South Africa

More expensive houses in former homelands than in Cape Town

Informal economy expert GG Alcock said there are more houses worth over R1.5 million in former rural homelands than in Cape Town and surrounding areas.

This is one of the findings of Stephen Walters, founder of Galaxy Retail Solutions, who uses Google Earth and AI to determine where to build retail outlets.

“They use these tools to map out housing across South Africa to determine where to launch a new KFC or supermarket,” Alcock said.

“There are more houses worth R1.5 million or more in the former rural homelands than in the City of Cape Town,” he said.

“The former homelands, like KwaZulu and Transkei, have more expensive houses than the area stretching from Melkbosstrand to Gordons Bay.”

He added that the high number of houses worth R1.5 million or more in the former homelands are only in rural areas. They do not include urban areas.

“Every one of these houses was built with no formal credit. They used money generated and saved through societies or stokvels,” he said.

There has also been a boom in property values in townships across South Africa, with Soweto’s property market having doubled in price over the past decade.

Research from Seeff Property Group found that Soweto properties are highly lucrative compared to the rest of Johannesburg.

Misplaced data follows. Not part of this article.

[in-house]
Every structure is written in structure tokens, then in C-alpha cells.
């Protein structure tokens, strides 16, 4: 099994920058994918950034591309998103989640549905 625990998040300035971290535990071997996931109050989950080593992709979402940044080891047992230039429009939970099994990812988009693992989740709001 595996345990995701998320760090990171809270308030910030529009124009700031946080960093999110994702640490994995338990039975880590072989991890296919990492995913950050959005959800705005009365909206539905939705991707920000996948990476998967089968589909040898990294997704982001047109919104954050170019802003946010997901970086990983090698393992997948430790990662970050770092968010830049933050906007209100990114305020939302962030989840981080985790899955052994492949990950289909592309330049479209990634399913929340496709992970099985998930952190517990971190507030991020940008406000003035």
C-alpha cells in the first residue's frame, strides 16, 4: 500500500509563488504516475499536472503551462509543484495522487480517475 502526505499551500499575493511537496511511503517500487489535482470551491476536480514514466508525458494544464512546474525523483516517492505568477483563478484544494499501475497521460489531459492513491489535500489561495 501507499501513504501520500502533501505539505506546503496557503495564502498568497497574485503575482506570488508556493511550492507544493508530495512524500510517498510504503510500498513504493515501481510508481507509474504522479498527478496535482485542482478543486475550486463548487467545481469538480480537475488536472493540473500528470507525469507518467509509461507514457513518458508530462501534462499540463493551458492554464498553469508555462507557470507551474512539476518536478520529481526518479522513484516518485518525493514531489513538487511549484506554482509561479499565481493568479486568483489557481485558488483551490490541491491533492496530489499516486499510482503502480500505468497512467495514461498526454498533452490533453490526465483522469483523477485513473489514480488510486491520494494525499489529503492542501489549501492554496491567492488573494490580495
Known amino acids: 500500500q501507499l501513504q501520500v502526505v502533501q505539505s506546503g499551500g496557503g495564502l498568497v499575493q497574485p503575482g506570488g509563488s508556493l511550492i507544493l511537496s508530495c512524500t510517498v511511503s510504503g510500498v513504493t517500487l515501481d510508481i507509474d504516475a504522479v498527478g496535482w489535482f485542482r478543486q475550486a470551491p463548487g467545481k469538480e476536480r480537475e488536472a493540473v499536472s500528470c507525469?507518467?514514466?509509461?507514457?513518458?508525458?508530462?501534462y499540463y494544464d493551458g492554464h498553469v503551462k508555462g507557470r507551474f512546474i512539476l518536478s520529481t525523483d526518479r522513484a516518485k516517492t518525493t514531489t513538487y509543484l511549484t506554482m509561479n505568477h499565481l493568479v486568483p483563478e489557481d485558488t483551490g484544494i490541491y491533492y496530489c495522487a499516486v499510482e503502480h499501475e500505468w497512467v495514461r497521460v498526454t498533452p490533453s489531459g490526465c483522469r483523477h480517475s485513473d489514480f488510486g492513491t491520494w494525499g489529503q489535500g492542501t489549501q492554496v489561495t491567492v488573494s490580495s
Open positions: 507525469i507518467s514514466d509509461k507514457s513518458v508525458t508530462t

Property educator Khali Masooane told Newzroom Afrika that the Soweto market has doubled in price in the past decade.

A four-room house in Soweto was valued at around R150,000 ten years ago, and now, a similar house would be valued at R400,000 to R500,000.

She said this growth is not confined to Soweto but is a phenomenon that can be observed in townships across the country.

“Often, people had the notion that you live in the township and then move out, but now people are taking it back into themselves and want to reinvest in their space,” Masooane said.

She explained that townships are often considered more affordable than large metropolitan areas, and younger people are, therefore, opting to live where they grew up.

40% of buyers in Soweto are under the age of 35, and most of them are first-time buyers.

The booming housing sector in former homelands and townships shows that the informal economy is much stronger than what many people think.

Alcock estimates that the informal economy’s value is between R600 billion and R750 billion and growing much faster than the formal economy.

“Nielsen figures show the informal spaza shop sector is growing by 24% year-on-year. This is much higher than the formal sector, which grows by 14% a year,” he said.

“We need to rethink how businesses, government, and individuals can contribute to support informal economy entrepreneurs.”


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